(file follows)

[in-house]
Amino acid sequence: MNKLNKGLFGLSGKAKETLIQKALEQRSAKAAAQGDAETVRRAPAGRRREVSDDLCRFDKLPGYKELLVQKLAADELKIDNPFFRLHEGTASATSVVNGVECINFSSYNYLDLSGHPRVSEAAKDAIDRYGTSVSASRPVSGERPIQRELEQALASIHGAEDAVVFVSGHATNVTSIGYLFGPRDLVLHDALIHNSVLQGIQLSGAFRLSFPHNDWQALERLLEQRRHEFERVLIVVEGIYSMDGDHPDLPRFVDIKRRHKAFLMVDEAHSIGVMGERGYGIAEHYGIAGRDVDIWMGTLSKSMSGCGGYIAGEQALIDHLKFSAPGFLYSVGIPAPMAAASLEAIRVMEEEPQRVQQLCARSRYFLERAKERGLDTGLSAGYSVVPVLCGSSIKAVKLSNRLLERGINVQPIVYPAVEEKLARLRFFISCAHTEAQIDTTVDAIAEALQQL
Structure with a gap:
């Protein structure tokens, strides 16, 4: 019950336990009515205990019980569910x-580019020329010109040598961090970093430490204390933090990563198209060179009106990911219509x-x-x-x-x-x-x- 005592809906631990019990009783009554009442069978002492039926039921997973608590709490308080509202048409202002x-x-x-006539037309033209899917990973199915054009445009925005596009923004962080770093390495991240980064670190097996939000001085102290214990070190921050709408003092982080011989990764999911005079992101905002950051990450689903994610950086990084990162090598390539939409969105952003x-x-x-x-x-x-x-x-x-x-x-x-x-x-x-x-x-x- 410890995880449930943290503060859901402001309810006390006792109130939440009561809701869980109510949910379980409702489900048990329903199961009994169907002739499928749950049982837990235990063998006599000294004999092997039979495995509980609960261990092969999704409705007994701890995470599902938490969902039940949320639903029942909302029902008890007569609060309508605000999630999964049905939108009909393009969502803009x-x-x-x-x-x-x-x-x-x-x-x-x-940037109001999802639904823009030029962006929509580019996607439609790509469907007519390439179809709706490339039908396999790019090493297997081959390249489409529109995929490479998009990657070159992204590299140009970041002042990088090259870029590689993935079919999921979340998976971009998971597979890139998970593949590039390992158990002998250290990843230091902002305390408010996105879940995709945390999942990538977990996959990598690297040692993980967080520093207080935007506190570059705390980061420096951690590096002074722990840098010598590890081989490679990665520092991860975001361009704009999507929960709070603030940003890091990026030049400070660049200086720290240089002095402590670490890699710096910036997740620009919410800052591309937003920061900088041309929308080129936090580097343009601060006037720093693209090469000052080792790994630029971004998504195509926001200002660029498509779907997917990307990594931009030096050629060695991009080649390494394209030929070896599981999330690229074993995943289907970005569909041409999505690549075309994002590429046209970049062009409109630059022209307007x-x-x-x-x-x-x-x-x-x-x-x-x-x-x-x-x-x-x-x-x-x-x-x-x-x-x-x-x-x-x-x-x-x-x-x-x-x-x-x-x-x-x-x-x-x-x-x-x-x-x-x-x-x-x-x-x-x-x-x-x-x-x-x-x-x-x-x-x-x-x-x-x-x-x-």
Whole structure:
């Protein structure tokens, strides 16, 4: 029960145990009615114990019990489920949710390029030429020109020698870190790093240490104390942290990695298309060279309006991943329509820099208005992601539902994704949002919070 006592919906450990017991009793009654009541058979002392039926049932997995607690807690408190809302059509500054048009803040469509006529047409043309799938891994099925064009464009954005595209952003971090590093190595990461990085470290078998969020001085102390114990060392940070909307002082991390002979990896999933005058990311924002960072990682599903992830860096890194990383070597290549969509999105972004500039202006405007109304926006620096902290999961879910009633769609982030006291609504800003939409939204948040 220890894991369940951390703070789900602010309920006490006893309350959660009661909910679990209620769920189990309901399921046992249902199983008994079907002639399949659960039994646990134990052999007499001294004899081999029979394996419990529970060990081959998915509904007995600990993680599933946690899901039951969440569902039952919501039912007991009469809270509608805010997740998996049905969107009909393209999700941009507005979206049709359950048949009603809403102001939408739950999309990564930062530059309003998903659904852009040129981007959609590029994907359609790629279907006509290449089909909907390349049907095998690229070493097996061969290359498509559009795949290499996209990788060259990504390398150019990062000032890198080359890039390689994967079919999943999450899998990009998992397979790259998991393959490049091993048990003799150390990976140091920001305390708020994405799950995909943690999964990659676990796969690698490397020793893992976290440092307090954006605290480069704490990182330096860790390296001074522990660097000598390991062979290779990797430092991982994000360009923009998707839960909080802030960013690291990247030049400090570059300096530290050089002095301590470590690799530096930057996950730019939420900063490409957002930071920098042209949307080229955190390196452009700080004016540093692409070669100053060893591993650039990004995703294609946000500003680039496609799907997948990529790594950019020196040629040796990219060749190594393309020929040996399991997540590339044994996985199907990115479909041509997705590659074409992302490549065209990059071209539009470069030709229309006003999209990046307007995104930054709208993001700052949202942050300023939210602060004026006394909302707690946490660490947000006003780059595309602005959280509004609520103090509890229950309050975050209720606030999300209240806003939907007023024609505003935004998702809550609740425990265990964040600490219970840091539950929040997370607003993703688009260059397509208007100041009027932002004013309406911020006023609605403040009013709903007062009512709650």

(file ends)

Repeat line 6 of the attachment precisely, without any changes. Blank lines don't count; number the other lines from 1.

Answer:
């Protein structure tokens, strides 16, 4: 029960145990009615114990019990489920949710390029030429020109020698870190790093240490104390942290990695298309060279309006991943329509820099208005992601539902994704949002919070 006592919906450990017991009793009654009541058979002392039926049932997995607690807690408190809302059509500054048009803040469509006529047409043309799938891994099925064009464009954005595209952003971090590093190595990461990085470290078998969020001085102390114990060392940070909307002082991390002979990896999933005058990311924002960072990682599903992830860096890194990383070597290549969509999105972004500039202006405007109304926006620096902290999961879910009633769609982030006291609504800003939409939204948040 220890894991369940951390703070789900602010309920006490006893309350959660009661909910679990209620769920189990309901399921046992249902199983008994079907002639399949659960039994646990134990052999007499001294004899081999029979394996419990529970060990081959998915509904007995600990993680599933946690899901039951969440569902039952919501039912007991009469809270509608805010997740998996049905969107009909393209999700941009507005979206049709359950048949009603809403102001939408739950999309990564930062530059309003998903659904852009040129981007959609590029994907359609790629279907006509290449089909909907390349049907095998690229070493097996061969290359498509559009795949290499996209990788060259990504390398150019990062000032890198080359890039390689994967079919999943999450899998990009998992397979790259998991393959490049091993048990003799150390990976140091920001305390708020994405799950995909943690999964990659676990796969690698490397020793893992976290440092307090954006605290480069704490990182330096860790390296001074522990660097000598390991062979290779990797430092991982994000360009923009998707839960909080802030960013690291990247030049400090570059300096530290050089002095301590470590690799530096930057996950730019939420900063490409957002930071920098042209949307080229955190390196452009700080004016540093692409070669100053060893591993650039990004995703294609946000500003680039496609799907997948990529790594950019020196040629040796990219060749190594393309020929040996399991997540590339044994996985199907990115479909041509997705590659074409992302490549065209990059071209539009470069030709229309006003999209990046307007995104930054709208993001700052949202942050300023939210602060004026006394909302707690946490660490947000006003780059595309602005959280509004609520103090509890229950309050975050209720606030999300209240806003939907007023024609505003935004998702809550609740425990265990964040600490219970840091539950929040997370607003993703688009260059397509208007100041009027932002004013309406911020006023609605403040009013709903007062009512709650």